Sapède, D., Dyballa, S., and Pujades, C. (2012) Cell lineage analysis reveals three different progenitor pools for neurosensory elements in the otic vesicle. The Journal of neuroscience : the official journal of the Society for Neuroscience. 32(46):16424-16434.
In the inner ear, sensory versus neuronal specification is achieved through few well-defined bHLH transcription factors. However,
the molecular mechanisms regulating the generation of the appropriate cell type in the correct place and at the correct time
are not completely understood yet. Various studies have shown that hair cell- and neuron-specifying genes partially overlap
in the otic territory, suggesting that mutual interactions among these bHLH factors could direct the generation of the two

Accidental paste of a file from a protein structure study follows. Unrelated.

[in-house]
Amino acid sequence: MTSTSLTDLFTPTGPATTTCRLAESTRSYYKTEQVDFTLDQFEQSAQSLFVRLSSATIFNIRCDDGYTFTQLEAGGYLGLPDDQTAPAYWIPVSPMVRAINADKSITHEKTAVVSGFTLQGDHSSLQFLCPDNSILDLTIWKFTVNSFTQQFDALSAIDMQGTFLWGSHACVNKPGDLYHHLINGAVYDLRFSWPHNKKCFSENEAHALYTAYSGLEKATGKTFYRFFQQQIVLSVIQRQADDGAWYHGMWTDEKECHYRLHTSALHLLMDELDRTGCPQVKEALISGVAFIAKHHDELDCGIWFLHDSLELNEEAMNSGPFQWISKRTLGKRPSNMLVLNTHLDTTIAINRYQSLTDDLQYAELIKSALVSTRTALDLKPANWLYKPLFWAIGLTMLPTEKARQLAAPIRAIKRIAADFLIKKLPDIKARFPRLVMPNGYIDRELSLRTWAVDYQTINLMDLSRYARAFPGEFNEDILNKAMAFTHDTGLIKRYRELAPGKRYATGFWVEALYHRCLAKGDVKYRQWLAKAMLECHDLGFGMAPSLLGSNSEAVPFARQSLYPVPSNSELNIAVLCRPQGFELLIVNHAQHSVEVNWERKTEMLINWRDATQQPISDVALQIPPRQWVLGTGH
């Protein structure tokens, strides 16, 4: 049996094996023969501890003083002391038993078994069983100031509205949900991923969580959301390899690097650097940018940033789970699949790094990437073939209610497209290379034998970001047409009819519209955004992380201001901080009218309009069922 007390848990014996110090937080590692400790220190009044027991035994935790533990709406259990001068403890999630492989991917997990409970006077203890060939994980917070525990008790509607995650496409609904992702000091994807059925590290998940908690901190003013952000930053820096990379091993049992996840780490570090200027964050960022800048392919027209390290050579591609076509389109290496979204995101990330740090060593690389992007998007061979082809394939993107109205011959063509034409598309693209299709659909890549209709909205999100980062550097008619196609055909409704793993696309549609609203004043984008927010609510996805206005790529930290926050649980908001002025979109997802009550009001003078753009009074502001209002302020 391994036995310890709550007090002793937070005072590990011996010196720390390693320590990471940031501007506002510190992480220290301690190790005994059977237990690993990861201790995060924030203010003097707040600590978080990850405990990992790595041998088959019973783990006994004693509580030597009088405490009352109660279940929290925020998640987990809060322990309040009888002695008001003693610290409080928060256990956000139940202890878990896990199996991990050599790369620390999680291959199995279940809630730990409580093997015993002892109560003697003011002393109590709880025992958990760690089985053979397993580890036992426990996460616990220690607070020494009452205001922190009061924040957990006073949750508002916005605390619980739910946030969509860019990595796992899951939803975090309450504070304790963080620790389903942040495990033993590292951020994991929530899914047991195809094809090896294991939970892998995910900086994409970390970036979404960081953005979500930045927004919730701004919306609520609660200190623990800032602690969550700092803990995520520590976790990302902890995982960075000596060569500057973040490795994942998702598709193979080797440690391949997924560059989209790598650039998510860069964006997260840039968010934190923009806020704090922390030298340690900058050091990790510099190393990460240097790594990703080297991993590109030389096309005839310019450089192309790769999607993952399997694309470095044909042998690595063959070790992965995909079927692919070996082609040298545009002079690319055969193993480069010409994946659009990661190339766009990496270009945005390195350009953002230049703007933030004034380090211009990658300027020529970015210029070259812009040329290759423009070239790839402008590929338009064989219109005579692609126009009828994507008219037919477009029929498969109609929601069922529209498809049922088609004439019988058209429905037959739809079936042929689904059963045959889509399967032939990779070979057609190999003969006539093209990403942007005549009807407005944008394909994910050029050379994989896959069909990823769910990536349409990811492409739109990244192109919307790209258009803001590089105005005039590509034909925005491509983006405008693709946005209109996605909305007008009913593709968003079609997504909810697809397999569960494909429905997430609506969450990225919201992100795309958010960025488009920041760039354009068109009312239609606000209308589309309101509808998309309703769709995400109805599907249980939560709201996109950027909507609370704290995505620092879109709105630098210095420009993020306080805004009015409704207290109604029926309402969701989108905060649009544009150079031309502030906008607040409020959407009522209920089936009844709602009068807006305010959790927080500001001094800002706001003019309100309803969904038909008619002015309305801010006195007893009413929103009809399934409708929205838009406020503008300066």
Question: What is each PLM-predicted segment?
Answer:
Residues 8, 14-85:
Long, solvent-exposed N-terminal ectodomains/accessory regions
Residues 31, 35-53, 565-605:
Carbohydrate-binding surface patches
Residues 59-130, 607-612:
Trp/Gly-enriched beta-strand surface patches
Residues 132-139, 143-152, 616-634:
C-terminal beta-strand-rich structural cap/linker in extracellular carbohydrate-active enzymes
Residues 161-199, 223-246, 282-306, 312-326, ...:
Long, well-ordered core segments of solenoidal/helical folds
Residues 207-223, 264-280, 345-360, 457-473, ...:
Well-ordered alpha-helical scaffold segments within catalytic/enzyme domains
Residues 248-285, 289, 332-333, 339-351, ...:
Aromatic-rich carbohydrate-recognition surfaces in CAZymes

cell types from a common neurosensory progenitor. Although there is little evidence for a clonal relationship between macular
hair cells and sensory neurons, the existence of a single progenitor able to give both sensory and neuronal cell types remains
an open question. Here, we identified a population of common neurosensory progenitors in the zebrafish inner ear and studied
the proneural requirement for cell fate decision within this population. Expression analysis reveals that proneural genes
for hair cells and neurons overlap within the posteromedial otic epithelium. Combined results from single-cell lineage and
functional studies on neurog1 and neuroD1 further demonstrate the following: (1) in the anterior region of the ear, neuronal and sensory lineages have already segregated
at the onset of proneural gene expression and are committed to a given fate very early; (2) in contrast, the posteromedial
part of the ear harbors a population of common progenitors giving both neurons and hair cells until late stages; and finally
(3) neuroD1 is required within this pool of bipotent progenitors to generate the hair cell fate.